If you are an Engineer or Woodworker you will be fine, you already know that things will go wrong and you have a basic skill set that will enable you to work out the best solutions.
Having said all of that building a clock and getting it running gives a terrific buzz, so the project is well worth working at.
There will be many people coming to this project with some form of CNC machine in the workshop ready to start cutting wood, and that is a good start, but remember there are a lot of components in the clocks that can't be made on a CNC machine, round component, metal components and all manner of purchased items such as screws and pins. So I am going to start this list from the bottom upwards, there is a certain minimum level of equipment that you need to be able to accurately make the clock parts and then to assemble and problem solve the issues that arise.
First the simple basic stuff, hand tools, the picture below shows what you will need to cover all the work that will need to be done by hand.
Most of the tools shown above are fairly obvious, and you probably have them already. Some of the others less obvious, the drill set with drill 1 to 6 mm in 0.1 increments or the imperial equivalent are needed to drill the holes for the shafts and the clearance holes for fitting pins. The reamers are needed to accurately size the holes for the bearings and shafts, I use a 4,6,10 mm reamers
Vernier calliper for accurately measuring, and a small ruler for the same. The Danish oil for finishing of the wood to seal the surfaces and the Dry film lubricant to lubricate the gear teeth and moving parts, grease shouldn't be used
Power tools are probably more commonly available than the hand tools above, so the ones I would normally include as being required for clock building are shown below
You could almost say that the above tools are all that is needed to build a clock, the truth is though you really need something to support the drill in a vertical position for accurately drilling holes. You also need a means of clamping the work piece whilst it is being drilled and for preference some means of adjusting the position of the work piece beneath the drill. To do this you need will need one of the arrangements shown below.
The Drill stand will support the drill vertically and provide a handle to feed the drill bit into the work. The vice on a cross slide is the ideal means of clamping the work piece below the drill to give it both support and adjustment, but you can get away with the simple vice arrangement on the left. The arrangement on the right is from Proxxon looks ideal but may be a bit small.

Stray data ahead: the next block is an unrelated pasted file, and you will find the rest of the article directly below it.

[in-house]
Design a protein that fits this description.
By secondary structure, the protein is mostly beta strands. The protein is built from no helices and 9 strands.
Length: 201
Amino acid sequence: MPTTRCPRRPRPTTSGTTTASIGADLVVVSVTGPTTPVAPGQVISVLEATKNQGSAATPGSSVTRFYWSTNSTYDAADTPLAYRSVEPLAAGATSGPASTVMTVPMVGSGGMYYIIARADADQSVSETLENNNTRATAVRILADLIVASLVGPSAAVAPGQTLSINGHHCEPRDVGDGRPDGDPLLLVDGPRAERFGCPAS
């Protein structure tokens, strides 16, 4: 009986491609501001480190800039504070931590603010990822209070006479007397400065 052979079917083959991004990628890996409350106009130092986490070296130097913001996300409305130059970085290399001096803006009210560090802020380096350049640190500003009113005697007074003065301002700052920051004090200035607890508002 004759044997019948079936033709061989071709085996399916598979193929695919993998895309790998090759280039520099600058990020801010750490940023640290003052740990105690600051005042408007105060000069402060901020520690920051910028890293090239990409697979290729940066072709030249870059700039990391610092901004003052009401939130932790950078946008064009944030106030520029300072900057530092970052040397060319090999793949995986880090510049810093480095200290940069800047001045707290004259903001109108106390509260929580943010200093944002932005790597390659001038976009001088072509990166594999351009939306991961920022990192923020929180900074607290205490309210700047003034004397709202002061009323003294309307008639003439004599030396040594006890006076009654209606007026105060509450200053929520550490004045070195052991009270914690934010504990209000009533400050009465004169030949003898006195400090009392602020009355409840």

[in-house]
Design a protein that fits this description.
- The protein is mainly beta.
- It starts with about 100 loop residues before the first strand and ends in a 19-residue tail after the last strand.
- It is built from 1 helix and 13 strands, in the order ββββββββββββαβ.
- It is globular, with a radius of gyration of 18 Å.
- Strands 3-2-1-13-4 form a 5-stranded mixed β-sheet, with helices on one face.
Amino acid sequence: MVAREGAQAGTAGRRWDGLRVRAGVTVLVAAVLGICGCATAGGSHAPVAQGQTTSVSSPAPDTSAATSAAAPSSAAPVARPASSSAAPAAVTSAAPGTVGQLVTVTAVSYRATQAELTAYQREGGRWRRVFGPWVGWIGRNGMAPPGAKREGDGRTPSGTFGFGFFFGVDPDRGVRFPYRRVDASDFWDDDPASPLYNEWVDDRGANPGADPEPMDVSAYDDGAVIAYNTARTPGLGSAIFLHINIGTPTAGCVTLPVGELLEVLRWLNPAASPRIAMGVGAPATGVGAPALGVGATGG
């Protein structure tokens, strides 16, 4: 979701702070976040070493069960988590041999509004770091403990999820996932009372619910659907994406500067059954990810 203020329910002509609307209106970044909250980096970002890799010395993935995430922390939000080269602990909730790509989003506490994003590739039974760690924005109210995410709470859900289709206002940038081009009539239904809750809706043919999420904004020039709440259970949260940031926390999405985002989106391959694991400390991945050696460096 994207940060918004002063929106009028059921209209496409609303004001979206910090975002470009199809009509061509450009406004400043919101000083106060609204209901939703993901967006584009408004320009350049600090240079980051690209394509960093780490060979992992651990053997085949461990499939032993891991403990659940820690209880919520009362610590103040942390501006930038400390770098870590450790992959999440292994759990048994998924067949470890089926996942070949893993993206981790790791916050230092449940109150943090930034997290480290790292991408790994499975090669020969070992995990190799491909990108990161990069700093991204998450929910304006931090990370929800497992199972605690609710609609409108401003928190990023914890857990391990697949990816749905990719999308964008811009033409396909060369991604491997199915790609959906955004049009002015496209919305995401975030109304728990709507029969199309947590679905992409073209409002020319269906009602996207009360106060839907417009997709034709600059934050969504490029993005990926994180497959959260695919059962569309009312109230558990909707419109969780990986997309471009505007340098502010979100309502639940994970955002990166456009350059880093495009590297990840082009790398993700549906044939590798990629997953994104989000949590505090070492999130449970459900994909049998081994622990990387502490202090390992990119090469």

I have shown the coping saw amongst the hand tools and I guess you could attempt to cut all the clock parts with one of those but it is not really practical. The most common way of cutting the parts would be either to use a Scroll Saw or a CNC router
The saw shown is ideal for cutting the gears and all the other flat parts in a clock and many of the clock builders use a saw like this to do just that. There is an alternative to this and that is to use a small bandsaw as I did for my first clocks, but the scroll saw has more control and hence precision in the cutting.
If you are simply interested in building your clock with the above equipment you need read no further as you have chosen the route that will not break the bank but will still give you great satisfaction but probably a lot harder work.
There a quite a few components in the clocks that are round and not suited to either Scroll saw or CNC routing, so you need to either out source those parts or be creative and change the design to use materials you can work with. Sleeves are on example that are ideally made on the lathe but can be made from dowel in shorter lengths and then drilled, or simply substituted with clear plastic tubing.
The lathe shown above is a small bench top machine ideally suited to the needs of the clock builder.
The main alternative to the scroll saw is to use a CNC router or laser, this is a big step up in price to purchase not only the machine but all the software needed to use it.
The software requirement to run a CNC machine is considerable and can be costly if you are to use the mainstream commercial software.
For a start you need a CAD program to make any changes to the DXF files you feel that you want to make, or you may simply want to regroup the gears and profiles to suit the way you are going to cut them.
The Cam software is used to take the DXF files and generate cutting paths for the tools you are going to use to cut out the profiles. It then generates the code necessary to cut the profiles on the CNC router.
The CNC Controller actually connects to your CNC router and feeds the code to the machine.
I am familiar with the software shown above but there are many more free and commercial alternatives that you should look at before you actually buy anything.
DraftSight is a good choice for free CAD software it will do all the changes and manipulations you want to do on the DXF files. If you want 3D capabilities choose one of the other two 'paid for' solutions.
Both Cut2D and Artcam express are simple to use and are relatively inexpensive in this category.
Mach3 is probably the most popular controller, simple to use at a basic level but also with great depth of features if you need them. You will have to pay for this.
I have avoided giving you links to all of these products as you can surf the net as well as I can using the keywords for the items you are interested in. This way you get to choose yourself from the wealth of material out there. However I will make one exception and that is to lead you to this website that has a collection of all the CAD CAM controller software available, mainly free.